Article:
1EA 4556 EPSYLON, Univ Paul Valéry Montpellier 3, France
2Hôpital de jour, Clinique Psychiatrique Saint Clément de Rivière, F34980
3EuroMov Digital Health in Motion, Univ Montpellier, France
*Corresponding author: Martin S, EA 4556 EPSYLON, Univ Paul Valéry Montpellier 3, EPSYLON EA 4556, F34000, Montpellier, France
Submission: June 07, 2022; Published: June 22, 2022
ISSN: 2637-7802Volume7 Issue2
To what extent is the design of technological devices for older adults symptomatic of our way of thinking about human cognitive aging? So far, technology-based solutions for the older adults are employed as reactive rather than preventive interventions and are often focused on impairments and age/dementia-related declines. In more specific terms, technologies are designed as cognitive crutches, rather than extended-mind devices. The aim of the present paper is twofold. First, pointing out researchers’ responsibility in the spreading of conceptual frameworks that drive the development (and failure) of technological tools for older adults. Second, proposing an alternative perspective about cognitive aging across the embodied shift. The embodied cognition paradigm provides both on descriptive and explicative view about how individuals engage their environment. Indeed, the methodological benefits of such a perspective stem from a better understanding about how the cognition emerges from the interaction between the bodily abilities and available resources in the current environment. It is argued here that the embodied cognition paradigm is a relevant theoretical framework for the gerontechnological domain.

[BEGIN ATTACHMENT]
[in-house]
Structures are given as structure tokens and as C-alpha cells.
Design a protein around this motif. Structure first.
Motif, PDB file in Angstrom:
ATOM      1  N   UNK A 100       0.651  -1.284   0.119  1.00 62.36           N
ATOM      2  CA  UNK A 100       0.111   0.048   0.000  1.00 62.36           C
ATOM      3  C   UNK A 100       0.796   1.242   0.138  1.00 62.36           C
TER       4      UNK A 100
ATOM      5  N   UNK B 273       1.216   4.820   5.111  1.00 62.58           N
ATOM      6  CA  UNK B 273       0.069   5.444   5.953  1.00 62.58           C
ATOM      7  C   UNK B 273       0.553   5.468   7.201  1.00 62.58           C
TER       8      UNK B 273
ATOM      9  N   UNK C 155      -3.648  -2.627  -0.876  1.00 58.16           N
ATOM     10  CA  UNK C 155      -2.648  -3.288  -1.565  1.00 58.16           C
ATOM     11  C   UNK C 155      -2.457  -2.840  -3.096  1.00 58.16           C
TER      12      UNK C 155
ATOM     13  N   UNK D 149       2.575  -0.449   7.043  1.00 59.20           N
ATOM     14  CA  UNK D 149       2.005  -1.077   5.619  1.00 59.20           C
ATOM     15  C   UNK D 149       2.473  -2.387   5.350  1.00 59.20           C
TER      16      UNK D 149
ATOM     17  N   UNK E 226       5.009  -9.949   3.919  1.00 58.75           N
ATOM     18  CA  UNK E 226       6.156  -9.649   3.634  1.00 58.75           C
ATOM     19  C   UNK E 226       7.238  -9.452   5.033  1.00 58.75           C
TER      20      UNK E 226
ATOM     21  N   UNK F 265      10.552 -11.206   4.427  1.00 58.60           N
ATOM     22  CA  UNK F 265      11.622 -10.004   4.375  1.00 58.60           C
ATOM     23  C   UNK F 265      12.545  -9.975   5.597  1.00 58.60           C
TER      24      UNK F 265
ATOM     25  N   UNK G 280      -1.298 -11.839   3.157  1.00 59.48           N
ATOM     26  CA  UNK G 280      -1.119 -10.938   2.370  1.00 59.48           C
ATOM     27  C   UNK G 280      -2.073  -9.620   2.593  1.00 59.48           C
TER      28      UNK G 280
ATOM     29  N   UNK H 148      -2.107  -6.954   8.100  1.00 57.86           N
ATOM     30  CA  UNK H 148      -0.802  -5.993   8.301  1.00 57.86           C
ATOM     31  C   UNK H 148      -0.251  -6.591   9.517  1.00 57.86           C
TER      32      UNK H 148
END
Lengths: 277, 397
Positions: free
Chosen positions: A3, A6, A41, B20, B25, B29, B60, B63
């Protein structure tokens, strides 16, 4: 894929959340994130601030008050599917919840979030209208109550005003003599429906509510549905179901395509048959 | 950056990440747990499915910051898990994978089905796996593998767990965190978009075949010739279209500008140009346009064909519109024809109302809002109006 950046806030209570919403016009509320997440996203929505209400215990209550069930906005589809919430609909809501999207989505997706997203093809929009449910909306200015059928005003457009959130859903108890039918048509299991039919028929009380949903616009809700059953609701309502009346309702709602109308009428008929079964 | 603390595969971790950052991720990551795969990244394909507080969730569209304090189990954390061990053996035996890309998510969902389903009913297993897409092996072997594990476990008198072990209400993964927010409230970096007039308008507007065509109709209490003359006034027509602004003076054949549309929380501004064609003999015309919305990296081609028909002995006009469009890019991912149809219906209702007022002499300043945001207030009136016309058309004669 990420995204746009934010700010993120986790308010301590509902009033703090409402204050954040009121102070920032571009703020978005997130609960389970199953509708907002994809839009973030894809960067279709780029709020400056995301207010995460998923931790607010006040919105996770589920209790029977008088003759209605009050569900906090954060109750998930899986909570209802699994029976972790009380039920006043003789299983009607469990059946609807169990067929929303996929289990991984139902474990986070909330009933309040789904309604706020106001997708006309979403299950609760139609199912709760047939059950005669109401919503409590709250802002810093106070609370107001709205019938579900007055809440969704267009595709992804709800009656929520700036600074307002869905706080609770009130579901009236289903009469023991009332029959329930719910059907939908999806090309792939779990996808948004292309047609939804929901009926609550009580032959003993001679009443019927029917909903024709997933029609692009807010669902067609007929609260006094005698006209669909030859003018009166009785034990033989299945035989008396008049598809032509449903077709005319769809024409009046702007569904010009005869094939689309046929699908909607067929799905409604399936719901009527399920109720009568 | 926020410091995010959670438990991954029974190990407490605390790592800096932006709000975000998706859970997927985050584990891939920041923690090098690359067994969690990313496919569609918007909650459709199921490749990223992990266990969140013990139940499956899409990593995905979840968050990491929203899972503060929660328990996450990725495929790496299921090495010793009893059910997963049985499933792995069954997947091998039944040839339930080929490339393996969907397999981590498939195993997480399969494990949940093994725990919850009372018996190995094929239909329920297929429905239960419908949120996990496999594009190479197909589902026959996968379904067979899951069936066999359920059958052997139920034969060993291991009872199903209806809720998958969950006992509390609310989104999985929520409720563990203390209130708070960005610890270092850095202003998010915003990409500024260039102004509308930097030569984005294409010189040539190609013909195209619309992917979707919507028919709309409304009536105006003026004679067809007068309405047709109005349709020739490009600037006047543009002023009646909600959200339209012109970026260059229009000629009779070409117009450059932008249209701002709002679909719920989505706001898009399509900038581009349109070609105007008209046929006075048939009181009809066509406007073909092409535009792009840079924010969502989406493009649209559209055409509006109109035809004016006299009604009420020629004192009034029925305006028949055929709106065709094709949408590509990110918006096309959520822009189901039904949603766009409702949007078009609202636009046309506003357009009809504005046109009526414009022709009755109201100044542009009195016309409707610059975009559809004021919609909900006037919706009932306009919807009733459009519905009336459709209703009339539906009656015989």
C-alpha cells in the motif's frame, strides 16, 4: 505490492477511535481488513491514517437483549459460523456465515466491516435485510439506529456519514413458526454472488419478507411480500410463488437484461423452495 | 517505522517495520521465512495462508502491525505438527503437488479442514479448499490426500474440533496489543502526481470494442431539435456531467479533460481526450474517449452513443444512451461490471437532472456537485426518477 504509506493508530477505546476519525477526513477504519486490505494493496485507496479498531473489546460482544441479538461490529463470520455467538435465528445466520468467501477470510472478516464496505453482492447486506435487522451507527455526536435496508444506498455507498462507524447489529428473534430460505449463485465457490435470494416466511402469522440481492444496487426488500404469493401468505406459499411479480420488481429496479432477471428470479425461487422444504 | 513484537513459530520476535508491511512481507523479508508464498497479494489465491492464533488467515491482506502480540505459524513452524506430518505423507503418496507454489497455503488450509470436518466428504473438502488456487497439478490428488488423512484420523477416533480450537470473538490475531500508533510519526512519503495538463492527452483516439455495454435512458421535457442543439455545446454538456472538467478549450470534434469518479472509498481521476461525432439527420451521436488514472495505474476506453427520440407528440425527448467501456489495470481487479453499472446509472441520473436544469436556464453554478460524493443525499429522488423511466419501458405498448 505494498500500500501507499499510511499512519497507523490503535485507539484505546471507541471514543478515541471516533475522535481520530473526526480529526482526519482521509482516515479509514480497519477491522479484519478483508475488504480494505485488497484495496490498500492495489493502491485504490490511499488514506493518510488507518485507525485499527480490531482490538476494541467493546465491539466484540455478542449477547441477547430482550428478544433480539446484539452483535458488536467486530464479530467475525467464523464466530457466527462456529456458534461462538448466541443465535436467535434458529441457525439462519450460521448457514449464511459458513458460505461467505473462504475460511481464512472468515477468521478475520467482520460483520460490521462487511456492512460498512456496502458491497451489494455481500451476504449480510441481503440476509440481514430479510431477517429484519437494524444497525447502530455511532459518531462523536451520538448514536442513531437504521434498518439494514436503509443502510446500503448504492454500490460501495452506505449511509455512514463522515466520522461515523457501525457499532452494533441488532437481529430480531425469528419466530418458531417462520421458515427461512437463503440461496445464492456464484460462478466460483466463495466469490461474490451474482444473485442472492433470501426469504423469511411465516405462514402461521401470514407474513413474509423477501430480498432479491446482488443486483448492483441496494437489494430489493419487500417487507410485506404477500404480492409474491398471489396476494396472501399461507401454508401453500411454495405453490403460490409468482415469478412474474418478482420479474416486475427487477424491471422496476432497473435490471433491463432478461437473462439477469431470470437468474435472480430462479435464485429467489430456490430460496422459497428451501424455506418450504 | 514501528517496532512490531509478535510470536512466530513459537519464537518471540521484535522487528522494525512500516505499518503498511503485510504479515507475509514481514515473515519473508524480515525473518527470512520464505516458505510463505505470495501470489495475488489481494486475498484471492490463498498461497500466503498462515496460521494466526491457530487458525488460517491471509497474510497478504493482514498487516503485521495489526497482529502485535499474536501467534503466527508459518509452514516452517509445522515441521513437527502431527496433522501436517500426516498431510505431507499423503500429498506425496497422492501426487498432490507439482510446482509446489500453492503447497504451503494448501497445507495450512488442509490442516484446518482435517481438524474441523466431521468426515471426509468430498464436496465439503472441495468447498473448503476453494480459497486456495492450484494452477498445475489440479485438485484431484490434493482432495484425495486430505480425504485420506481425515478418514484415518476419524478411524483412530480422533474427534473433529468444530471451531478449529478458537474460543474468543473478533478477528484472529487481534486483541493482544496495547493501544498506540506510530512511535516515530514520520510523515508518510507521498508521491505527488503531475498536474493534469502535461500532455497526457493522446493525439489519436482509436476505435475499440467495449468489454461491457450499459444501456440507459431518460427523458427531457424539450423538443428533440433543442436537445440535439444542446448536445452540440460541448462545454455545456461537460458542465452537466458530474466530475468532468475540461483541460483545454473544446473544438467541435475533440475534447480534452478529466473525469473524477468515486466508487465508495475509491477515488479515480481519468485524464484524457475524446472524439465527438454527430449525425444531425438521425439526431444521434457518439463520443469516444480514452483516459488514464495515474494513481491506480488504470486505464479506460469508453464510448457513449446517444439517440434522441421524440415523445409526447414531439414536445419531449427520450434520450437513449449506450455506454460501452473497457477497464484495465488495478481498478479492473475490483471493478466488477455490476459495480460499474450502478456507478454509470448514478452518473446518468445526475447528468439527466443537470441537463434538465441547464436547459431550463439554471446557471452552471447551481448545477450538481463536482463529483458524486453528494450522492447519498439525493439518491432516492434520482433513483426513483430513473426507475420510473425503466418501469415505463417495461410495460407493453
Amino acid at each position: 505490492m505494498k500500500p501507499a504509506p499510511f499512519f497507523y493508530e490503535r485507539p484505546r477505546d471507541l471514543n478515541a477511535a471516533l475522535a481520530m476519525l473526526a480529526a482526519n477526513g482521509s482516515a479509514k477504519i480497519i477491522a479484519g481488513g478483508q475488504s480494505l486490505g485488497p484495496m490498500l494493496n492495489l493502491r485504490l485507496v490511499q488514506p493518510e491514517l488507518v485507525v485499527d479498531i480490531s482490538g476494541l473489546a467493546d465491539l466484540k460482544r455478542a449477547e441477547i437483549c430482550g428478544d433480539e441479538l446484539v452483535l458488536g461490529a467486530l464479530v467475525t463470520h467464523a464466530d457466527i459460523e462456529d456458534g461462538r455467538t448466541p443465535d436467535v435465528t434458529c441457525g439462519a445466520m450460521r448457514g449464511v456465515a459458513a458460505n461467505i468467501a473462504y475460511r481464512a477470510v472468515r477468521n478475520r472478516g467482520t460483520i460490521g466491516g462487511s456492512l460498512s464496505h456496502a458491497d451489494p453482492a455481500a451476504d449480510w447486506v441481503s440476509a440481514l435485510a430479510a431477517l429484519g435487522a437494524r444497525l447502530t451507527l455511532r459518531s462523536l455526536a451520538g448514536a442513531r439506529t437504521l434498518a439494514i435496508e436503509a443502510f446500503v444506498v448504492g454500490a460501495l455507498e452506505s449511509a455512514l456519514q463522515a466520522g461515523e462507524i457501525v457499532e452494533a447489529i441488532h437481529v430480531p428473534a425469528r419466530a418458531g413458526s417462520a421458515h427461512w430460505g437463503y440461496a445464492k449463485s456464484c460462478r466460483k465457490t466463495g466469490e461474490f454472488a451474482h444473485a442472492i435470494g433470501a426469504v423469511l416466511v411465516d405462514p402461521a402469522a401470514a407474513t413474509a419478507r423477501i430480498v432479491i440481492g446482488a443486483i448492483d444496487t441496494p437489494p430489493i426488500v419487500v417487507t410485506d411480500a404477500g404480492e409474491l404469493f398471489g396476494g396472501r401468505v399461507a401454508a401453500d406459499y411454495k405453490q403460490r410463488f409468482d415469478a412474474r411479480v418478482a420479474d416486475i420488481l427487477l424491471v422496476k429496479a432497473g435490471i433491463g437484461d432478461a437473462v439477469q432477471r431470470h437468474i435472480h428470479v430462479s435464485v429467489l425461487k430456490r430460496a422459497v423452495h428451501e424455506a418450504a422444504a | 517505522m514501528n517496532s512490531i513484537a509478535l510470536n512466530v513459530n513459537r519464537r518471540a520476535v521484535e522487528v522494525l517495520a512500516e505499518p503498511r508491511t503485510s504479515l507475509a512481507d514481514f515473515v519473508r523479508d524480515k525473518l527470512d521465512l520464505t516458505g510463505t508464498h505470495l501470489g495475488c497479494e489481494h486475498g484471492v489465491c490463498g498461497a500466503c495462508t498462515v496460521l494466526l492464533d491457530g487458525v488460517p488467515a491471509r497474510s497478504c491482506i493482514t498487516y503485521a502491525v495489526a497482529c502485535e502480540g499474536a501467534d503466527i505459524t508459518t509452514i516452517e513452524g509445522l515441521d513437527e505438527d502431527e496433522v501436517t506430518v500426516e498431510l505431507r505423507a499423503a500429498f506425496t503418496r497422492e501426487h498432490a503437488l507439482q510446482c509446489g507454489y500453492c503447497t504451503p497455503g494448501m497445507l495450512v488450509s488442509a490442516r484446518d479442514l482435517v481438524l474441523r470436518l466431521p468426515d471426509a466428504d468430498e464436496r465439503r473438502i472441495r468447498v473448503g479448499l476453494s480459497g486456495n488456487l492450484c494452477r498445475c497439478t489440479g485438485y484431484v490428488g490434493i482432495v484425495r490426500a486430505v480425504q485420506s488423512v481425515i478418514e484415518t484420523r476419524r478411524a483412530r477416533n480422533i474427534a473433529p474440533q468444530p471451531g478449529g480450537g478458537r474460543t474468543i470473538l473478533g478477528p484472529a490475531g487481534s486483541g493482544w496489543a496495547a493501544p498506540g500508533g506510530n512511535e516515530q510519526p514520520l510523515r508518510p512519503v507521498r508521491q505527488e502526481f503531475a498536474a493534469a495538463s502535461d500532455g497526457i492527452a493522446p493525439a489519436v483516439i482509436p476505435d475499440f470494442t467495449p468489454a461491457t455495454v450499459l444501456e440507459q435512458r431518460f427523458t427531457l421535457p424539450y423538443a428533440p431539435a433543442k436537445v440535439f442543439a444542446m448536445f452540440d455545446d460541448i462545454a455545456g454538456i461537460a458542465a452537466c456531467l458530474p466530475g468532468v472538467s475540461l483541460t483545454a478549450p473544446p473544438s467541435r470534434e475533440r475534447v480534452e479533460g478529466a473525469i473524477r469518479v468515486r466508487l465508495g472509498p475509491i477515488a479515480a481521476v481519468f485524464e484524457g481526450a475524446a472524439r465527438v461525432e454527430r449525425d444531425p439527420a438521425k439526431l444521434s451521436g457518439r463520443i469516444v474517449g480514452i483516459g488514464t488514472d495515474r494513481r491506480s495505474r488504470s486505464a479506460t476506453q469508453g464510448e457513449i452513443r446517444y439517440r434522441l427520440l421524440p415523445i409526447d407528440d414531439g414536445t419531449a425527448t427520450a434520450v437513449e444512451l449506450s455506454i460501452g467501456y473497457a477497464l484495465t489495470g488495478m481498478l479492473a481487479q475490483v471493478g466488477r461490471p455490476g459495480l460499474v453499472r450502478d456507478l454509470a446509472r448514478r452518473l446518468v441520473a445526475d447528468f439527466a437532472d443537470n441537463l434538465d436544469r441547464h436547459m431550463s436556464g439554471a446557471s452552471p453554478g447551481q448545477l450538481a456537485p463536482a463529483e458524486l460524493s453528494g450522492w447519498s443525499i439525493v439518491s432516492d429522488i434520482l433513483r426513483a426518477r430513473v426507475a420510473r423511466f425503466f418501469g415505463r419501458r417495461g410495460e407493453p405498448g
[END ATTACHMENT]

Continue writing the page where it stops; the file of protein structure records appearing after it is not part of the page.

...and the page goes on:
Keywords:Aging and alzheimer’s disease; Cognitive aging; Embodied cognition; Gerontechnology; Researchers’ responsibility